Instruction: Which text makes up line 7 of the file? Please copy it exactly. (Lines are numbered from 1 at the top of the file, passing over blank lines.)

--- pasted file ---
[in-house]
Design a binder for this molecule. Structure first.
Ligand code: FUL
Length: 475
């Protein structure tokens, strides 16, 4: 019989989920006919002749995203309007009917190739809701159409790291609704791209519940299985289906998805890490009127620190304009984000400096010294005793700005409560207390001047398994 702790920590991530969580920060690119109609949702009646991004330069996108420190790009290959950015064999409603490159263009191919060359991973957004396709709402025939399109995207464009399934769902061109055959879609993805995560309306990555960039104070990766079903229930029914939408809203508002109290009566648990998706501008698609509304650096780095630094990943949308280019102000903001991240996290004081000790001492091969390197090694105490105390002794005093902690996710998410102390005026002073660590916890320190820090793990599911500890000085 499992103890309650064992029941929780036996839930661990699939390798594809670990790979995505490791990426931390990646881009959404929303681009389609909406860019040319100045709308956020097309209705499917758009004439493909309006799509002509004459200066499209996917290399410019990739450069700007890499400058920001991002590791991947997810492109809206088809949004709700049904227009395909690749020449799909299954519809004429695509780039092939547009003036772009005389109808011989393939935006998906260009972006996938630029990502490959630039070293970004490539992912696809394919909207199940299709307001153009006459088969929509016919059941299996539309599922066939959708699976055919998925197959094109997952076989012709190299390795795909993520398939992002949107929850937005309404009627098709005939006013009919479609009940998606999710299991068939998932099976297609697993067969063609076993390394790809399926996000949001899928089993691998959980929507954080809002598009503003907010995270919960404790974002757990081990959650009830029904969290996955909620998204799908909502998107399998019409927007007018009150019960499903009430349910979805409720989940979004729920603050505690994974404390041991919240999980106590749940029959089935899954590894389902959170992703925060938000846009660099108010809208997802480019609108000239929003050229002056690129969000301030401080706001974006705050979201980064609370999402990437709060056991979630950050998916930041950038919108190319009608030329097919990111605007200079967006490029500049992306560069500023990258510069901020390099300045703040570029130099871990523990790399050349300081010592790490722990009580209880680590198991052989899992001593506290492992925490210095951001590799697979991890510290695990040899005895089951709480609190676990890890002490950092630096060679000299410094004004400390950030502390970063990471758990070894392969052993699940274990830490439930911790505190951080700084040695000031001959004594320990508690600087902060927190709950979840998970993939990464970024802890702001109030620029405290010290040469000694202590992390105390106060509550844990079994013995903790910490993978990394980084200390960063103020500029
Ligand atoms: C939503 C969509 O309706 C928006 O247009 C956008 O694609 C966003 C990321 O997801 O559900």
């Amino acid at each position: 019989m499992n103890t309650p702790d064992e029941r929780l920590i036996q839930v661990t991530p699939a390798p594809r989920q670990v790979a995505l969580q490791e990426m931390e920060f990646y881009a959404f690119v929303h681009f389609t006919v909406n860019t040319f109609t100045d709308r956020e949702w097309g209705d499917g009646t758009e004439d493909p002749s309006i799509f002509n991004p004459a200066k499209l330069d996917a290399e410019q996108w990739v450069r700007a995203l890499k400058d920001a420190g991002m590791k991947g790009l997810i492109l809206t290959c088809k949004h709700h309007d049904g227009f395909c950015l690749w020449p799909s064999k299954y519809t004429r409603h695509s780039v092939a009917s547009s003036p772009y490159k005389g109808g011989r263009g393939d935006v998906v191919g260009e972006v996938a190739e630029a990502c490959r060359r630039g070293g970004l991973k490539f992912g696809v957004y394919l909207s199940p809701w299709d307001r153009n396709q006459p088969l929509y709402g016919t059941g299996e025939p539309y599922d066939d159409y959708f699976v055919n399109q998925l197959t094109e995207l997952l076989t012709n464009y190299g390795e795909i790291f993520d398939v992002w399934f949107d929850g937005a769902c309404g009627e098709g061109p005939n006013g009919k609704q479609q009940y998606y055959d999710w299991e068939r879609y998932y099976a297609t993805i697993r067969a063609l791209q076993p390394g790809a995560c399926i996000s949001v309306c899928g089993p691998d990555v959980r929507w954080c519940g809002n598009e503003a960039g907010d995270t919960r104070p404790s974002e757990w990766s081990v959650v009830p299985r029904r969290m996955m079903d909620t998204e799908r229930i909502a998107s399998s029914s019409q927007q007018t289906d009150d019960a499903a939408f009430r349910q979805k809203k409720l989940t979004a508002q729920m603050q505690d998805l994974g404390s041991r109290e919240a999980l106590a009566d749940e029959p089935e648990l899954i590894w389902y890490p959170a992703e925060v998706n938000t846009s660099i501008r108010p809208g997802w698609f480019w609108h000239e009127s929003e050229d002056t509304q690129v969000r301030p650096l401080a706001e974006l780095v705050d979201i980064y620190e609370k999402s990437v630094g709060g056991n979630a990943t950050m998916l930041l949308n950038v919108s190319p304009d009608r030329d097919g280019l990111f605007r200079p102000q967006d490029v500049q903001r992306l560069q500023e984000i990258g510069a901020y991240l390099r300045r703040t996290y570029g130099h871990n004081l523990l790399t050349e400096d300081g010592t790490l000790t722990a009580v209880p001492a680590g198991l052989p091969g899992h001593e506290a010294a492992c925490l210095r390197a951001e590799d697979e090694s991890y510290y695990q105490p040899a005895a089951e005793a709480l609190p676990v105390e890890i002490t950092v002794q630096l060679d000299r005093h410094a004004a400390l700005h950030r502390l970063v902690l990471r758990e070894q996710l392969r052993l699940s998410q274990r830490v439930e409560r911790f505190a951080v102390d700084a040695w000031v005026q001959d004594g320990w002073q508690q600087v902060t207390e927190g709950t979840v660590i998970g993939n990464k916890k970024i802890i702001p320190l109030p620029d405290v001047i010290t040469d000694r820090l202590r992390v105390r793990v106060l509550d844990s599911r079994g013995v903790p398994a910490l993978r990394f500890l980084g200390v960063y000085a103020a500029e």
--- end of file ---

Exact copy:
């Amino acid at each position: 019989m499992n103890t309650p702790d064992e029941r929780l920590i036996q839930v661990t991530p699939a390798p594809r989920q670990v790979a995505l969580q490791e990426m931390e920060f990646y881009a959404f690119v929303h681009f389609t006919v909406n860019t040319f109609t100045d709308r956020e949702w097309g209705d499917g009646t758009e004439d493909p002749s309006i799509f002509n991004p004459a200066k499209l330069d996917a290399e410019q996108w990739v450069r700007a995203l890499k400058d920001a420190g991002m590791k991947g790009l997810i492109l809206t290959c088809k949004h709700h309007d049904g227009f395909c950015l690749w020449p799909s064999k299954y519809t004429r409603h695509s780039v092939a009917s547009s003036p772009y490159k005389g109808g011989r263009g393939d935006v998906v191919g260009e972006v996938a190739e630029a990502c490959r060359r630039g070293g970004l991973k490539f992912g696809v957004y394919l909207s199940p809701w299709d307001r153009n396709q006459p088969l929509y709402g016919t059941g299996e025939p539309y599922d066939d159409y959708f699976v055919n399109q998925l197959t094109e995207l997952l076989t012709n464009y190299g390795e795909i790291f993520d398939v992002w399934f949107d929850g937005a769902c309404g009627e098709g061109p005939n006013g009919k609704q479609q009940y998606y055959d999710w299991e068939r879609y998932y099976a297609t993805i697993r067969a063609l791209q076993p390394g790809a995560c399926i996000s949001v309306c899928g089993p691998d990555v959980r929507w954080c519940g809002n598009e503003a960039g907010d995270t919960r104070p404790s974002e757990w990766s081990v959650v009830p299985r029904r969290m996955m079903d909620t998204e799908r229930i909502a998107s399998s029914s019409q927007q007018t289906d009150d019960a499903a939408f009430r349910q979805k809203k409720l989940t979004a508002q729920m603050q505690d998805l994974g404390s041991r109290e919240a999980l106590a009566d749940e029959p089935e648990l899954i590894w389902y890490p959170a992703e925060v998706n938000t846009s660099i501008r108010p809208g997802w698609f480019w609108h000239e009127s929003e050229d002056t509304q690129v969000r301030p650096l401080a706001e974006l780095v705050d979201i980064y620190e609370k999402s990437v630094g709060g056991n979630a990943t950050m998916l930041l949308n950038v919108s190319p304009d009608r030329d097919g280019l990111f605007r200079p102000q967006d490029v500049q903001r992306l560069q500023e984000i990258g510069a901020y991240l390099r300045r703040t996290y570029g130099h871990n004081l523990l790399t050349e400096d300081g010592t790490l000790t722990a009580v209880p001492a680590g198991l052989p091969g899992h001593e506290a010294a492992c925490l210095r390197a951001e590799d697979e090694s991890y510290y695990q105490p040899a005895a089951e005793a709480l609190p676990v105390e890890i002490t950092v002794q630096l060679d000299r005093h410094a004004a400390l700005h950030r502390l970063v902690l990471r758990e070894q996710l392969r052993l699940s998410q274990r830490v439930e409560r911790f505190a951080v102390d700084a040695w000031v005026q001959d004594g320990w002073q508690q600087v902060t207390e927190g709950t979840v660590i998970g993939n990464k916890k970024i802890i702001p320190l109030p620029d405290v001047i010290t040469d000694r820090l202590r992390v105390r793990v106060l509550d844990s599911r079994g013995v903790p398994a910490l993978r990394f500890l980084g200390v960063y000085a103020a500029e």